Around 2 p.m. Friday, a Loyola University Chicago shuttle bus was heading north towards the Lake Shore Campus and was in for a very rude awakening. Before the Fullerton exit on Lake Shore Drive, the four-lane highway became a four-lane lake.
In the bumper-to-bumper traffic, there was nothing anyone could do but watch the waves from Lake Michigan sweep across all four lanes of traffic. At one point, the water seem to be about two feet deep.
Thankfully, the deep water and scary wind was no match for the shuttle bus driver, who braved it all and drove the students safely to the Lake Shore Campus in Rogers Park. The passengers all gave the driver a standing ovation as soon as the worst was over.
The University Information Security Office held a conference Oct. 23, to discuss the best online information security practices for Loyola students. The conference included tips on how to keep your computer physically secure from theft, digitally secure from malware and other dangerous cyber threats, as well as advice on safe web browsing and how to keep your social media accounts safe from potential hackers and stalkers.
At the conference, Jim Pardonek, UISO’s information security officer and a certified ethical hacker, described how one in 20 computers worldwide are affected with malicious software that can result in identity theft or the potential destruction of your software and/or saved information such as passwords and bank account information.
Especially concerning, according to Pardonek, is that 27 million Americans were the victims of identity theft in the last five years. The UISO wants to ensure that no Loyola student might become such a victim and educates students on how and why these attacks happen and how to prevent them.
On Oct. 22, Tau Kappa Epsilon (TKE) hosted an informational event for all students. Guest speaker, Patrick O’Brien, gave the audience great advice tips on how to get a job, keep the job, succeed at the job and then leave the job.
According to O’Brien, the best way to get a job is to simply know what you want. Target the companies that you want to work for, make a list and then work your way from the bottom of your list to the top. Other things that will help is to use job sites, networking on LinkedIn as well as professional networking, and impressing employers during the interview by knowing about the company and having an intelligent two-way conversation with the employer.
“The best way to get a job is by knowing someone,” O’Brien told the audience. “I would be more inclined to give someone a job if they asked me, ‘I’m in the job market, do you have any advice?’ instead of just asking me if I knew of any job openings at my company.”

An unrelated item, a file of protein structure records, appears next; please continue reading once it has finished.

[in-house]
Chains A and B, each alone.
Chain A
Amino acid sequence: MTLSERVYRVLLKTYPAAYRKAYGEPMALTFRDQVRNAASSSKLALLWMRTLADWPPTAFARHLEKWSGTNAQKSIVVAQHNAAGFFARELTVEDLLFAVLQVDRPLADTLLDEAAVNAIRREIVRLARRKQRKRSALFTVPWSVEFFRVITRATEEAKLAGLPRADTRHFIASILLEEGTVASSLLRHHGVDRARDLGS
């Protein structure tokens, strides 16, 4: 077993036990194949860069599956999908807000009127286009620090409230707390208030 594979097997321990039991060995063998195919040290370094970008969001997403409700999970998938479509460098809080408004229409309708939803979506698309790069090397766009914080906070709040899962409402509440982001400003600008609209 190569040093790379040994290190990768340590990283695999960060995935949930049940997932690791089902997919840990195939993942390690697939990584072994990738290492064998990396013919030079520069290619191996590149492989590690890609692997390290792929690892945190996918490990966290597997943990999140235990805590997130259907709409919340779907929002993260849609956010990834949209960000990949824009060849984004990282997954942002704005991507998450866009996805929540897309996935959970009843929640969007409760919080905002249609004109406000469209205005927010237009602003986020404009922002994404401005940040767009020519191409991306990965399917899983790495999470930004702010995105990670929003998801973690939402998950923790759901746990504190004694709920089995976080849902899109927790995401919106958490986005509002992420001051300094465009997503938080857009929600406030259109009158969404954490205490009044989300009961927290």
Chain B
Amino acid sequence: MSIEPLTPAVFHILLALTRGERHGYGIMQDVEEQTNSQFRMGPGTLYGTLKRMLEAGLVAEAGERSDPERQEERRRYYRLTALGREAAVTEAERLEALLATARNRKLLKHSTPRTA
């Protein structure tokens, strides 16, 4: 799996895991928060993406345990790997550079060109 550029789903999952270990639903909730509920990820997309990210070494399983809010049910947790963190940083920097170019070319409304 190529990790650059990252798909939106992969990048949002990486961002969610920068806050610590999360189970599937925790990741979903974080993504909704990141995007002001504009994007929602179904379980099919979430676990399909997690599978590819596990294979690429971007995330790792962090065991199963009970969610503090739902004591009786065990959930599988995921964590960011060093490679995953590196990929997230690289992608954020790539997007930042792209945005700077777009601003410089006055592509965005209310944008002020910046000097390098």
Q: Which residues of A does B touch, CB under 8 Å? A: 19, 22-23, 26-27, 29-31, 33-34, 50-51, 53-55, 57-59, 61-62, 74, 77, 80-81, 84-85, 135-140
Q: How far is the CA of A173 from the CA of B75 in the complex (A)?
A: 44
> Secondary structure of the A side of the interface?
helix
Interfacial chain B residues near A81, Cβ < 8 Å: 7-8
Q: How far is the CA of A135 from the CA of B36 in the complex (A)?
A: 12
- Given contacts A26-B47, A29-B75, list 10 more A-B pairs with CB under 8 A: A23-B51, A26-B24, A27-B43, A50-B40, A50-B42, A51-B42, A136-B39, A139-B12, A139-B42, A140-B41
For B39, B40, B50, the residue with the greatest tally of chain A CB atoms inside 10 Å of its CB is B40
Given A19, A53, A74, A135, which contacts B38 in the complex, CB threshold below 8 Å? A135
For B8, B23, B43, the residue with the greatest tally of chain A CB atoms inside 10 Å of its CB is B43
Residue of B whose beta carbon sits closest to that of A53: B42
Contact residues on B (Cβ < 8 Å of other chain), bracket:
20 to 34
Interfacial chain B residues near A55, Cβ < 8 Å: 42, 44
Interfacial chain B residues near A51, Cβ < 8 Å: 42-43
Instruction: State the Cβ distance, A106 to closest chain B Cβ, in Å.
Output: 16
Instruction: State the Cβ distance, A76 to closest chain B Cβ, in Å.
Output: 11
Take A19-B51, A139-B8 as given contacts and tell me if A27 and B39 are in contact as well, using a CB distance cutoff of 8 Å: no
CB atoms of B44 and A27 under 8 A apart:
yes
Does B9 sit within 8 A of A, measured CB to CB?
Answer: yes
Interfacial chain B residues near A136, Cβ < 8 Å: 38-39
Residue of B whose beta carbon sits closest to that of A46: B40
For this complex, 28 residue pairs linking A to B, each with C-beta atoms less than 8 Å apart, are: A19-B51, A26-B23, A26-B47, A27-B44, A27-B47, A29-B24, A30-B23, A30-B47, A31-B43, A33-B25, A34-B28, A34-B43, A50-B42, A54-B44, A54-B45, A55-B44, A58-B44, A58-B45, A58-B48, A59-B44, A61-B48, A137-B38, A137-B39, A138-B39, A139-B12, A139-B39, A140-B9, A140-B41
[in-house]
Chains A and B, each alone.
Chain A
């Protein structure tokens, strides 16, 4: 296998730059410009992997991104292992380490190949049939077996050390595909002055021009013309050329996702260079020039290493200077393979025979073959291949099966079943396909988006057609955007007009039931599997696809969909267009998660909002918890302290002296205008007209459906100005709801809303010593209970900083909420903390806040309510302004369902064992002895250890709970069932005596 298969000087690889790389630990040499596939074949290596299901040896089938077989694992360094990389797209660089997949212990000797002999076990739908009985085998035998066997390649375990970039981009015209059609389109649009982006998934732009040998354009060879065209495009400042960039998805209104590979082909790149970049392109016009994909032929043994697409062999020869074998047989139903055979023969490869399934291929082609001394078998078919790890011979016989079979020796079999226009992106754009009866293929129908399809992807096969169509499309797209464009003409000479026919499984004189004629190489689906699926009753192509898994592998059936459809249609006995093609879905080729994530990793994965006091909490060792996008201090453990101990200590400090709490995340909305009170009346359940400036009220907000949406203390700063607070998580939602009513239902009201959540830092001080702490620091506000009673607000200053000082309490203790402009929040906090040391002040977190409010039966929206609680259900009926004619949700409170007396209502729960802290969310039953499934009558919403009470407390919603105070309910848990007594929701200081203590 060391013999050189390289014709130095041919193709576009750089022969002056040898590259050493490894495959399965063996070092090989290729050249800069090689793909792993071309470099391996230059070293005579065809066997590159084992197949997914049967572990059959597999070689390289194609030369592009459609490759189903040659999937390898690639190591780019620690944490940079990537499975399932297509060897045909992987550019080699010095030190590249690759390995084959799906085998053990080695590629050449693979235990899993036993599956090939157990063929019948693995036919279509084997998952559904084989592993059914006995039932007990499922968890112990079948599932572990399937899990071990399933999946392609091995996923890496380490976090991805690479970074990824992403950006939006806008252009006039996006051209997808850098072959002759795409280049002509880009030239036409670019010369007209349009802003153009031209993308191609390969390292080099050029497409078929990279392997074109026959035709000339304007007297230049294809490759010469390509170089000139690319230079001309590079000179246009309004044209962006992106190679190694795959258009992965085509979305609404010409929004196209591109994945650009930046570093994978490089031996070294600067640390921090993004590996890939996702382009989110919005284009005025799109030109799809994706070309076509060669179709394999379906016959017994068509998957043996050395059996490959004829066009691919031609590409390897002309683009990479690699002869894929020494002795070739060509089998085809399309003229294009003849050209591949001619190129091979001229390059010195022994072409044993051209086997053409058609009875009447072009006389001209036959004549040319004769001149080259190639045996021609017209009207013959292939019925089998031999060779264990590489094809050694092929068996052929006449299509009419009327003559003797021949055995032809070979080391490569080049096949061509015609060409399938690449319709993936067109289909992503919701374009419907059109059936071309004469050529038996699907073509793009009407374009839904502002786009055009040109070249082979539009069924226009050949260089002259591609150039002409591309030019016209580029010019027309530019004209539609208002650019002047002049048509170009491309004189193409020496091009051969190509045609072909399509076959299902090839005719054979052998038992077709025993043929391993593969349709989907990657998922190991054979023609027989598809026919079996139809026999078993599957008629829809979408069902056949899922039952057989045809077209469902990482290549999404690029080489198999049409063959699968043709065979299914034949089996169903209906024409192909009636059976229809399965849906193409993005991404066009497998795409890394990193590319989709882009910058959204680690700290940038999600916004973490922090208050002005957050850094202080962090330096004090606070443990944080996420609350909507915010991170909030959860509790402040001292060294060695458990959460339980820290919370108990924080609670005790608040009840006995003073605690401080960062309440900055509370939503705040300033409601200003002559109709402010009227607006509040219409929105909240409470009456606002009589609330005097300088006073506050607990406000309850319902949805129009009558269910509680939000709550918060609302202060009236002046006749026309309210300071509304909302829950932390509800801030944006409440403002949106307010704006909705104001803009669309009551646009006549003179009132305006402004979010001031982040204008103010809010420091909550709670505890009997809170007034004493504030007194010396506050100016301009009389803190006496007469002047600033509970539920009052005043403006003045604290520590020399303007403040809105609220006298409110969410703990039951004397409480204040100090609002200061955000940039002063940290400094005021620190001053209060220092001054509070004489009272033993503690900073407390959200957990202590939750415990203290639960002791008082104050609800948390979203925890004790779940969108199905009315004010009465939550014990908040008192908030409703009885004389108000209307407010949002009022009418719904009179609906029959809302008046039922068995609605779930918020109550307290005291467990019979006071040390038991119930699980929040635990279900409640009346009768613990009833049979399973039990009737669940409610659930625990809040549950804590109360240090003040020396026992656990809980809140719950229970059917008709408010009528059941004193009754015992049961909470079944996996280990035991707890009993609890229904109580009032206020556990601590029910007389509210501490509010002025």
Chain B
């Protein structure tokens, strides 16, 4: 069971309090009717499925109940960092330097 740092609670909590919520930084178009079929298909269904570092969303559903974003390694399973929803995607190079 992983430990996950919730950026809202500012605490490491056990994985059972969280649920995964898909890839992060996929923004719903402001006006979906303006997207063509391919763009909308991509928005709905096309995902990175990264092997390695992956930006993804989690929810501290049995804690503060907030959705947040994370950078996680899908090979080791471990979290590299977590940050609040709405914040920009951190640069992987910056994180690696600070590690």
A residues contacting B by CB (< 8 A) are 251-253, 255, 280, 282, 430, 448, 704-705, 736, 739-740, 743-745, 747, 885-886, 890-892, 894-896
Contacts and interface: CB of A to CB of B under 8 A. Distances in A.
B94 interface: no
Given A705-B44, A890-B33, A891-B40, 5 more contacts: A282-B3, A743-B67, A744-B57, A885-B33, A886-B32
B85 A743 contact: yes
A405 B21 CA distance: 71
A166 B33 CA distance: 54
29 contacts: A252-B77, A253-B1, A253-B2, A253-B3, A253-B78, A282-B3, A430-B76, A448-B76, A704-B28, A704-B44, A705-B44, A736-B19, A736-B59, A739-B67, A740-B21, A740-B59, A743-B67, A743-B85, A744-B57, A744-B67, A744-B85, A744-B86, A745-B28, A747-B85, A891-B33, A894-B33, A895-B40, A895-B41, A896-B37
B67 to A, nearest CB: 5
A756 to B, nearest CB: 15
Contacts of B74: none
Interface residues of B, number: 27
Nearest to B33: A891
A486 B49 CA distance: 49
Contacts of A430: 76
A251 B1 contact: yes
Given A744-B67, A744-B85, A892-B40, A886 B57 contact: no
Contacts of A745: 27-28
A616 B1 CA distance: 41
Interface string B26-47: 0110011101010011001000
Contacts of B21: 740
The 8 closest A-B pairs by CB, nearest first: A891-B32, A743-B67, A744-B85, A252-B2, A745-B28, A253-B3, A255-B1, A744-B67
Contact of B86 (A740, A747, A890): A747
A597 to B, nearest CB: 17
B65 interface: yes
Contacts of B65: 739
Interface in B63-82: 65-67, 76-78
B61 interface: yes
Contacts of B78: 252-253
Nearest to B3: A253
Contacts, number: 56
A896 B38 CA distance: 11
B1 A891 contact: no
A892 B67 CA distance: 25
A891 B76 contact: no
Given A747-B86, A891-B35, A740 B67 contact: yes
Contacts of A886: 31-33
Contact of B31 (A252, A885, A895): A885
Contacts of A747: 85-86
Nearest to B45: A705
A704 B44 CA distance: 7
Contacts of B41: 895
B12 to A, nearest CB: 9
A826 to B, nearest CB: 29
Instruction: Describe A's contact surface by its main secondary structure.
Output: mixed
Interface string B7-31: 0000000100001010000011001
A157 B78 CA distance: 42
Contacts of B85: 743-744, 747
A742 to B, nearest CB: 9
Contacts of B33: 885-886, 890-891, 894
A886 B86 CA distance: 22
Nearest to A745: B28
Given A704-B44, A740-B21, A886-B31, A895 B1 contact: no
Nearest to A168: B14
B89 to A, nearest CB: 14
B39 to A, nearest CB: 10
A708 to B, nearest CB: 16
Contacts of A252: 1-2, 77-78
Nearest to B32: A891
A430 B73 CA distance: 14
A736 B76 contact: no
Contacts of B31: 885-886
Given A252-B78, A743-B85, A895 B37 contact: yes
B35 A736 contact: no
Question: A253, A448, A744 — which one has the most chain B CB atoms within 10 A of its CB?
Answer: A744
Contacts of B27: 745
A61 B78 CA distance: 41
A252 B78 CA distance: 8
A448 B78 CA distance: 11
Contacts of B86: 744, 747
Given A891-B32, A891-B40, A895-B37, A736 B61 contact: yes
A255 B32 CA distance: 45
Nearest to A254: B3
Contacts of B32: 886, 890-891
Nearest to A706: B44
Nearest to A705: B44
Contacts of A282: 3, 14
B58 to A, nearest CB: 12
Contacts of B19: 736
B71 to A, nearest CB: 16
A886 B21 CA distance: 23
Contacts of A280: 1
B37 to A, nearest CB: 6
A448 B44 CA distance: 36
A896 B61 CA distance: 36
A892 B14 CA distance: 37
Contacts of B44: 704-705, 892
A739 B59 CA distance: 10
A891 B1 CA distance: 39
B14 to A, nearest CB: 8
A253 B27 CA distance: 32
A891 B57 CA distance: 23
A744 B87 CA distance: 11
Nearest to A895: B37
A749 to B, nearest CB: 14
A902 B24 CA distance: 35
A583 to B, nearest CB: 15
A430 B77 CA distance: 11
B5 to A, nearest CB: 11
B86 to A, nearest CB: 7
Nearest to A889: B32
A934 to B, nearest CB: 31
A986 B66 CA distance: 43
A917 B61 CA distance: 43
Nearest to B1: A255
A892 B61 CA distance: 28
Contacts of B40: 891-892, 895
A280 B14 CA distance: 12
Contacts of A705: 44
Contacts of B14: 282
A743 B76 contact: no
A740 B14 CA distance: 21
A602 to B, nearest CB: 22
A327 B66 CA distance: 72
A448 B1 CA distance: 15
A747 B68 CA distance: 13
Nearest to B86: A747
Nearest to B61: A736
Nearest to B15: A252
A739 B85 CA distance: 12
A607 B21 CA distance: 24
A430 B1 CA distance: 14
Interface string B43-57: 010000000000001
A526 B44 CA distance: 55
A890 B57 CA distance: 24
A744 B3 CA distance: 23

Photo from Loyola “Choice. Control. Character.” initiative.
By Annemarie Laredo
Kappa Kappa Gamma and Sigma Alpha Epsilon co-hosted the wellness advocates from the LUC Wellness Center who gave a presentation on the myths and realities of alcohol consumption in college.
The presentation took place in the Life Sciences Building on Thursday and focused on the drinking habits of Loyola students, the effects of alcohol and safer drinking practices, especially for this Halloween weekend.
This past Thursday about 100 students lined up outside of the Damen Student Center Multipurpose room for Advocate’s Annual Drag Show. The doors opened 15 minutes later and within five minutes all of the seats were filled and people began to line the walls.
The Drag Show was hosted by Kahmora Hall and began with a tribute to Tajma Hall who passed away this past April. Tajma Hall hosted the Drag Show in past years and was also a Loyola Alum, along with Kahmora. The show had extravagant performances from Drag Queens and Loyola students. It was very inclusive of the audience having student dance competitions and also having volunteers from the audience dress in drag.
For a new organization within Loyola, the Women’s Project is making some large strides. The Women’s Project at Loyola University Chicago (WPLUC) is a new Loyola-sponsored organization made up of 15 members who are focused on taking action against what they see as sexism in society.
The Women’s Project, founded by Nicole Kleppe and Aubrey Dvorak, was started in order to form a small, action-based community of women who are passionate about fighting for their rights.
“I went to multiple feminist groups in Loyola, but wanted something different and more focused on action. I was tired of girls complaining about men rather than acting on the issue,” Kleppe said.
The chapel’s new bells are on display until their installation in November. Photo from LUC.
By Molly Morrison
The bells you’ve surely spotted around campus have one week left on the ground before they are lifted and installed in the beams of Loyola’s Madonna della Strada Chapel. These four bells have had a long journey, beginning as melted bronze in the Netherlands at the “Petit & Fritsen” bell foundry.
The family of bells traveled from Europe to Cincinnati, Ohio, in early September, where they were engraved, decorated and polished. After their final touches were complete, the bells arrived at Loyola.
Stephen Betancourt, assistant director of Campus Ministry and director of liturgical music, has facilitated the bells journey from the very beginning.
“We wanted to give students a chance to see the bells before they are hung in the beams of Madonna,” Betancourt said. “It’s really cool to touch them and be able to learn about the meaning of each one.”